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This being so SSS you'd expect more neutral phases of PDO and less severe negative phases? Eventually ,as with Nino, the ocean temps will be so warm as to make all PDO's appear +ve and a constant temp Nino' status!!!

If ocean temps are used as a threshold between various cyclical states then, in the fullness of time, these states will be permanently set in the 'warmer SST state'.

We will ,obviously, have a period of time whilst this state is being approached and this is my 'milding' scenario with PDO-ve states having a higher mean SST than the previous one (as we see through the 1900's -ve PDO's???).

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This being so SSS you'd expect more neutral phases of PDO and less severe negative phases? Eventually ,as with Nino, the ocean temps will be so warm as to make all PDO's appear +ve and a constant temp Nino' status!!!

If ocean temps are used as a threshold between various cyclical states then, in the fullness of time, these states will be permanently set in the 'warmer SST state'.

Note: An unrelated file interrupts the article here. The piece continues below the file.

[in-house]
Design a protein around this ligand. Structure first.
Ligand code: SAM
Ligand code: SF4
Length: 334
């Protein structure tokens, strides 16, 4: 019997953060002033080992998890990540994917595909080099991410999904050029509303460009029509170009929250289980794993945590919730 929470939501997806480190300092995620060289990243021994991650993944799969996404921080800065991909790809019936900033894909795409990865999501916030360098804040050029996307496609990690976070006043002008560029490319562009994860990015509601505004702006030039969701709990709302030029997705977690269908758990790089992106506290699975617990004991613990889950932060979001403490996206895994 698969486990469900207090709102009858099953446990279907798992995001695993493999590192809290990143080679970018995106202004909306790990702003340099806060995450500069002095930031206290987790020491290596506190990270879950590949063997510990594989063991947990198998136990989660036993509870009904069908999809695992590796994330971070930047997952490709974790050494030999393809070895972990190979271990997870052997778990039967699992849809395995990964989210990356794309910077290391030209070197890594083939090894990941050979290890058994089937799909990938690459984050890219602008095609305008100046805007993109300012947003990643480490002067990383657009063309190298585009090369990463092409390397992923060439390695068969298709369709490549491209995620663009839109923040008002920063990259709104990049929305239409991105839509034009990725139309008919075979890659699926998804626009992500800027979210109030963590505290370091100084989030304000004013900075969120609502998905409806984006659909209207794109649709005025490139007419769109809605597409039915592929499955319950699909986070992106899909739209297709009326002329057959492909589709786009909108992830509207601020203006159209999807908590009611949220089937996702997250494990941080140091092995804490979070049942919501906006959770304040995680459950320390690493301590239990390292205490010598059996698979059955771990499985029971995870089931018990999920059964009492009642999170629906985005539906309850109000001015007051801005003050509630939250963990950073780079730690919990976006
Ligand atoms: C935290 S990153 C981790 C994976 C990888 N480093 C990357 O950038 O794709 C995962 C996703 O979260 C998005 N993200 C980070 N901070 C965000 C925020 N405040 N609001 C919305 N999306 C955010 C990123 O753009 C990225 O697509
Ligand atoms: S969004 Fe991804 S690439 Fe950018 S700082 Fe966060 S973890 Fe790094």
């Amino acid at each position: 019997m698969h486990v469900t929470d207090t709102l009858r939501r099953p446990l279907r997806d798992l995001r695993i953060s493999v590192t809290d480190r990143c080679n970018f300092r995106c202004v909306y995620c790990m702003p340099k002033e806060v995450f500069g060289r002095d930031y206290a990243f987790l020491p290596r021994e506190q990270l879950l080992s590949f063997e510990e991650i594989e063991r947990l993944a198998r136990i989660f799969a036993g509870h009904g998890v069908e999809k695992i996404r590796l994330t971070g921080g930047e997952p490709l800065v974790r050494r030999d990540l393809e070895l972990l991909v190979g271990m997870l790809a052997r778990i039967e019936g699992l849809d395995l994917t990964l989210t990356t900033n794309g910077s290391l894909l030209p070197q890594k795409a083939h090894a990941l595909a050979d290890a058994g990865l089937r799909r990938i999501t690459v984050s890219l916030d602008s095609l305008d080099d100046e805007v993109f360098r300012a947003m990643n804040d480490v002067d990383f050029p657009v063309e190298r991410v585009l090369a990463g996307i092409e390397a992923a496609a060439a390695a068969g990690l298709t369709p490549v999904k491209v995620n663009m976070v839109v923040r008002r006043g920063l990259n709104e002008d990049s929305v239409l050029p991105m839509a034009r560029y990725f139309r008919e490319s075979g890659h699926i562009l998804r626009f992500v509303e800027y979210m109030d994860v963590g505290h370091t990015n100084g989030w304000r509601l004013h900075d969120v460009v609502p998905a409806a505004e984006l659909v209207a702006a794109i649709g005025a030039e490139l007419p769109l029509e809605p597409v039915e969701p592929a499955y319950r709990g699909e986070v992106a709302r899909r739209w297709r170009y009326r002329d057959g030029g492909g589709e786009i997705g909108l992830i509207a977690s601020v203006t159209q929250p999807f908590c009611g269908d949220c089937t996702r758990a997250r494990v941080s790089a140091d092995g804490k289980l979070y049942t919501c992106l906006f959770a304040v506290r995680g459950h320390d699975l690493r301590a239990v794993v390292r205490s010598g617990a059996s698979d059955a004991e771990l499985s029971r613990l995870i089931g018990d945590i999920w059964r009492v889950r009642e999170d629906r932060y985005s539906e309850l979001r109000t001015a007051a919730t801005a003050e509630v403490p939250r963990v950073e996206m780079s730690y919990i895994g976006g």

We will ,obviously, have a period of time whilst this state is being approached and this is my 'milding' scenario with PDO-ve states having a higher mean SST than the previous one (as we see through the 1900's -ve PDO's???).

Should this stuff be in the oceanic thread???

Anywho, is the PDO more based on the spatial distribution of anomalies, rather than absolutes like ENSO, so that the difference between the cold areas and warm areas determines the strength of the of the oscillation whether it be in a positive or negative phase?

If that is the case, then in a warming world, wouldn't the areas that have the warm anomalies just get warmer, while the areas with the cold anomalies mover closer to average and while changeing the absolute SSTs, not changing the difference between them and thus allowing the oscillations to continue regardless of the baseline SSTs used?

Hope that makes sense!